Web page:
Get Rich Now

The economy will never be the same. It’s time to rethink our definition of “the good life.”

| January-February 2010

  • Get Rich

    image by REUTERS / Sergei Karpukhin
  • Get Rich 2

    image by REUTERS / Sergei Karpukhin

  • Get Rich
  • Get Rich 2

This article is part of a package on rethinking the economy and how to prosper in the wake of the recession. For more, read Empire of the Stunned , Work Plan , and We Are All Madoffs .

Much of the debate over how to address the economic crisis has focused on a single word: regulation. And it’s easy to understand why. Bad behavior by a variety of businesses landed us in this mess—so it seems rather obvious that the way to avoid future economic meltdowns is to create, and vigorously enforce, new rules proscribing such behavior. But the truth is quite a bit more complicated. The world economy consists of billions of transactions every day. There can never be enough inspectors, accountants, customs officers, and police to ensure that all or even most of these transactions are properly carried out. Moreover, those charged with enforcing regulations are themselves not immune to corruption, and, hence, they too must be supervised and held accountable to others. The upshot is that regulation cannot be the linchpin of attempts to reform our economy. Instead, what needs to be eradicated, or at least greatly tempered, is consumerism: the obsession with acquisition that has become the organizing principle of American life.

This does not require that one reject capitalism, nor is it the same thing as ending consumption. As long as consumption is focused on satisfying basic human needs—safety, shelter, food, clothing, health care, education—it is not consumerism. When the acquisition of goods and services is used to satisfy higher needs, such as self-esteem and self-actualization, however, consumption turns into consumerism—and consumerism becomes a social disease.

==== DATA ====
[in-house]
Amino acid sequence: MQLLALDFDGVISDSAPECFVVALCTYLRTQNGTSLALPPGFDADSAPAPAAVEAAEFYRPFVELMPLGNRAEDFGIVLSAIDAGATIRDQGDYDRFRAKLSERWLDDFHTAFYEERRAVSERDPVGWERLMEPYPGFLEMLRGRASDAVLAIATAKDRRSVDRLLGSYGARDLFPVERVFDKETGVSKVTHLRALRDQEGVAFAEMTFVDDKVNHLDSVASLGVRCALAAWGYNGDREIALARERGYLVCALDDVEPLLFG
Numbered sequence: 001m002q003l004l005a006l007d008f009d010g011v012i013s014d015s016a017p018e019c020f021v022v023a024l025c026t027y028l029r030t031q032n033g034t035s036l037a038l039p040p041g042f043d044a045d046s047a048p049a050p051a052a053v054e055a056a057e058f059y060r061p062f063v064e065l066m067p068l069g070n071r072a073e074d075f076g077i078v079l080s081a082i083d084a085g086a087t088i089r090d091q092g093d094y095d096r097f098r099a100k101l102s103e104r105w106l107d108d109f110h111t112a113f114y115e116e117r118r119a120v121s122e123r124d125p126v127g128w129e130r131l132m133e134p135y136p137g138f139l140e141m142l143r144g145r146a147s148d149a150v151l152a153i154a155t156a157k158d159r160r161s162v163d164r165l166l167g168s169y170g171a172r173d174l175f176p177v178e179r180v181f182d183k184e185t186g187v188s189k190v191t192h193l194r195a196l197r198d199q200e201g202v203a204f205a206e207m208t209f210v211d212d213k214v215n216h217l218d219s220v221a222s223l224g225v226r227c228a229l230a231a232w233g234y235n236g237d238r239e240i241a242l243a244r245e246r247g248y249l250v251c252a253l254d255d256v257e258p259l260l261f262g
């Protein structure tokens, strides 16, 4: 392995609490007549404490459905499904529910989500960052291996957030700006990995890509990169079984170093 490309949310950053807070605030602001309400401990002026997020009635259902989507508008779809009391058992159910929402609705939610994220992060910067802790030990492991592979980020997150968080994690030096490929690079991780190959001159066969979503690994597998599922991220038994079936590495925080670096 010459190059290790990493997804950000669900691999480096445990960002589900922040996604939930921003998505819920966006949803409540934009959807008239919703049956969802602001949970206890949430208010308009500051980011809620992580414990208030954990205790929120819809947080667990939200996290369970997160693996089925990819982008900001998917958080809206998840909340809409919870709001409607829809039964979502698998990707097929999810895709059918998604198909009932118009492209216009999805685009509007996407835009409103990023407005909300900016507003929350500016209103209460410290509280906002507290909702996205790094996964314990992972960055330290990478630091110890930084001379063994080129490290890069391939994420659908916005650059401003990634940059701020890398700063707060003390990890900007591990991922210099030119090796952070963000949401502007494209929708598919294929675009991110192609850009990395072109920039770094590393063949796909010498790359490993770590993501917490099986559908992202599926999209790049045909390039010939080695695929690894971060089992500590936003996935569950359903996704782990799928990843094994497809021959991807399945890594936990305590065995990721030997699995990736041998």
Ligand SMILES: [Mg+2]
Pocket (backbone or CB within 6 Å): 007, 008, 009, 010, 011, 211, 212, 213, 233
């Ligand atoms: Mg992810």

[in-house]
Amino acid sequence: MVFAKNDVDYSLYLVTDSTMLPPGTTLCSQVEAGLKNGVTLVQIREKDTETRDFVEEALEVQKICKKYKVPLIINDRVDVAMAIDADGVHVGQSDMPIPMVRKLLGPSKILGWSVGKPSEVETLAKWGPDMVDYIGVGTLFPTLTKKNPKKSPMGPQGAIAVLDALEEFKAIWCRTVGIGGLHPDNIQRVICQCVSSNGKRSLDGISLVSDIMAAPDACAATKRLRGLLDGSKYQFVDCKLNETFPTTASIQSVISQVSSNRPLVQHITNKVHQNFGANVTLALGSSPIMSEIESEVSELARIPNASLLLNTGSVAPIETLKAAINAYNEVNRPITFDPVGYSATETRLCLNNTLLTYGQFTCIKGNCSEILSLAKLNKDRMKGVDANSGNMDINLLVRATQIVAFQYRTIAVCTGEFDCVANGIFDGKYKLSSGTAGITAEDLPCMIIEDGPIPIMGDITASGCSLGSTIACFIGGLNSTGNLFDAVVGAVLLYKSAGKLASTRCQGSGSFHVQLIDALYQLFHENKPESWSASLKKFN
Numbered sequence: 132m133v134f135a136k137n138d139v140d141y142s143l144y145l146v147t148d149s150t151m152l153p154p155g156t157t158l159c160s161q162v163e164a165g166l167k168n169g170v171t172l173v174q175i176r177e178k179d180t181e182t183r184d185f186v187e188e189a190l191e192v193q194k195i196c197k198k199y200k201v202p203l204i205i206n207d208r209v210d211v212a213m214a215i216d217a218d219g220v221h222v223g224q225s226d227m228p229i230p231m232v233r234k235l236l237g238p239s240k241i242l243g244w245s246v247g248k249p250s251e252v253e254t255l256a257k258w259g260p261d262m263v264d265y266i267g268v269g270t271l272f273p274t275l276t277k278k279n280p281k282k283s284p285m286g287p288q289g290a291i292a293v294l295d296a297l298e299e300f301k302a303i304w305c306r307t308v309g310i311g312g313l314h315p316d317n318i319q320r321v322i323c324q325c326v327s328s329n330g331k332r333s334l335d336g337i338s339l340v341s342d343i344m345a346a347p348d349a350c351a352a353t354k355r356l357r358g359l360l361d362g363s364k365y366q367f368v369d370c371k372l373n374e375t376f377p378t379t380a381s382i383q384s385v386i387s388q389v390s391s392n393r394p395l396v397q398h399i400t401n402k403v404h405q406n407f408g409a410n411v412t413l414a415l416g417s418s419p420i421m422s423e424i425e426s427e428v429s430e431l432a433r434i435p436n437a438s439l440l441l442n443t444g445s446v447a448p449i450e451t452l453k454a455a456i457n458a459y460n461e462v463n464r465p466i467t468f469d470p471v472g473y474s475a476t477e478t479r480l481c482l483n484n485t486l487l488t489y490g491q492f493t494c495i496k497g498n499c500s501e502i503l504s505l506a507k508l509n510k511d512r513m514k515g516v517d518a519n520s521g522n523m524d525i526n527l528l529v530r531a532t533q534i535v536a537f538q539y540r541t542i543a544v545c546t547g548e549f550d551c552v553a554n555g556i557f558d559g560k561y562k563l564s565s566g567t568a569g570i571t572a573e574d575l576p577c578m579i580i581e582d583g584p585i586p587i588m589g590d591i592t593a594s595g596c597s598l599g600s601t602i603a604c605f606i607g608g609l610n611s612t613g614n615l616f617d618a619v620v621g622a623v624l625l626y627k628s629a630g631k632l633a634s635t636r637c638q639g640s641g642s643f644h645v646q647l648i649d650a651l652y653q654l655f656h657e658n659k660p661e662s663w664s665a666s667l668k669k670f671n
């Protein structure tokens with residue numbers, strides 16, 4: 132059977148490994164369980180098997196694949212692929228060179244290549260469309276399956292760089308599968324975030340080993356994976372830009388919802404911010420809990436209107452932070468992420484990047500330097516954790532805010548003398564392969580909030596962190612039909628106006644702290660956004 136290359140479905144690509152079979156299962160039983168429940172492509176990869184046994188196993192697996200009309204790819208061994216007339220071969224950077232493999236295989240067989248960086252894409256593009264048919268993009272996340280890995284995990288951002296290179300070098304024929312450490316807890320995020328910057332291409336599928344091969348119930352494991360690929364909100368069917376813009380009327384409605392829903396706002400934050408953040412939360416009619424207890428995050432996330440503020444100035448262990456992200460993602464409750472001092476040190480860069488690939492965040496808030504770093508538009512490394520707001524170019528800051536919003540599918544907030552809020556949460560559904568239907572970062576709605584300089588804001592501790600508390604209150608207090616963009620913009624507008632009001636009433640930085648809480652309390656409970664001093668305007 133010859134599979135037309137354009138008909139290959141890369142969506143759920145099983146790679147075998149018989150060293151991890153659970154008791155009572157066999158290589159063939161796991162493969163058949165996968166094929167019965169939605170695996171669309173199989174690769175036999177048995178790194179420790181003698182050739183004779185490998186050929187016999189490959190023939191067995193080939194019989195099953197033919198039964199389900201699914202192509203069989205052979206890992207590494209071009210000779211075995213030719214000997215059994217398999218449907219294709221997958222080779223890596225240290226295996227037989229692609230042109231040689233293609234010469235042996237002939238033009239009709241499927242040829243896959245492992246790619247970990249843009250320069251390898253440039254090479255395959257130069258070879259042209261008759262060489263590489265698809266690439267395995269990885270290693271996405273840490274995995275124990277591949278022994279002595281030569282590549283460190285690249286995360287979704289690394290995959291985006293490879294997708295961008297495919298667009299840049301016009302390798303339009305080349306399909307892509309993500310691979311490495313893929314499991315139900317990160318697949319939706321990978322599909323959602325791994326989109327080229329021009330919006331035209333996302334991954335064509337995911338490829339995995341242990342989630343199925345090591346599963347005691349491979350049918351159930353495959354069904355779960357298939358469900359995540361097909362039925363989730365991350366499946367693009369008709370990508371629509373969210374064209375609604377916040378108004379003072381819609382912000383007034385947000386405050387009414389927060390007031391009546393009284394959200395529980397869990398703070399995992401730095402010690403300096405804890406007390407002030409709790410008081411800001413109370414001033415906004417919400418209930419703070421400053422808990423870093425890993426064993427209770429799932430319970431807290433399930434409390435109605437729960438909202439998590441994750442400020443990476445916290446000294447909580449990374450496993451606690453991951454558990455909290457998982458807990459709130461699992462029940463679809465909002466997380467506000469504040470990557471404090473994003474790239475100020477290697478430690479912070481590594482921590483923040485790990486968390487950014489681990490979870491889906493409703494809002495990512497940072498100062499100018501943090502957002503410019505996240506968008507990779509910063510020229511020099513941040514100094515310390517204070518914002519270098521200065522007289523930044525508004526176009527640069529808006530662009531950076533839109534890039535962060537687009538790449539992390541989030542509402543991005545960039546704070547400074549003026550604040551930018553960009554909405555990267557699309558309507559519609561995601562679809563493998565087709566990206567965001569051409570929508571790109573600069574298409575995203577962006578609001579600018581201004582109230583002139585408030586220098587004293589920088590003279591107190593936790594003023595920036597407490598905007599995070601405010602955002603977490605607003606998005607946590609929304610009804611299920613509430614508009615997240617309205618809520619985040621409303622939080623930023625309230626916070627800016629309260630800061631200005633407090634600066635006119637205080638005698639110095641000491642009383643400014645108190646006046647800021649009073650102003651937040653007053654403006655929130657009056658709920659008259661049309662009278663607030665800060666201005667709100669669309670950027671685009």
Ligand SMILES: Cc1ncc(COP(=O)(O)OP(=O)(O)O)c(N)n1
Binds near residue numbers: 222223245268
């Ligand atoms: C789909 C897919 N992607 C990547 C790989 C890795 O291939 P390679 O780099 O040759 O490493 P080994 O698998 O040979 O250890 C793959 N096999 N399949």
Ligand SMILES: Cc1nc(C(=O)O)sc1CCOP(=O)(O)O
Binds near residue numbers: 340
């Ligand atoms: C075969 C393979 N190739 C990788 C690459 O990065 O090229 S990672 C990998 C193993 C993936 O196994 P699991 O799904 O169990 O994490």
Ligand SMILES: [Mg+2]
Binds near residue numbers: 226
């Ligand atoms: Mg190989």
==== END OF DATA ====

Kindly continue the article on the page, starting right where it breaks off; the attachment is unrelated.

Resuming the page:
A culture in which the urge to consume dominates the psychology of citizens is a culture in which people will do most anything to acquire the means to consume—working slavish hours, behaving rapaciously in their business pursuits, and even bending the rules in order to maximize their earnings. They will buy homes beyond their means and think nothing of running up credit-card debt. It therefore seems safe to say that consumerism is, as much as anything else, responsible for the current economic mess. But it is not enough to establish what people ought not to do, to end the obsession with making and consuming ever more than the next person. Consumerism will not just magically disappear from its central place in our culture. It needs to be supplanted by something.


Profound transformations in the definition of “the good life” have occurred throughout human history. Before the spirit of capitalism swept across much of the world, neither work nor commerce was a highly valued pursuit. For centuries in aristocratic Europe and Japan, making war was a highly admired profession. In China, philosophy, poetry, and brush painting were respected during the heyday of the literati. Religion was once the dominant source of normative culture; then, following the Enlightenment, secular humanism was viewed in some parts of the world as the foundation of society. In recent years, there has been a significant increase in the influence of religious values in places like Russia and, of course, the Middle East. It is true that not all these changes have elevated the human condition. The point is merely that such change, especially during times of crisis, is possible.

Andrei Timoshenko
1/19/2010 8:16:36 AM

The trouble with consumerism is not the pursuit of resources in and of itself, rather it is a pursuit of resources as an end, rather than as means for something else. Consumerism offers no happiness because it is a game in which whoever has the most toys wins. However, having a lot of toys does not itself produce happiness, especially if you neither know how to play with most of them, nor want to do so.

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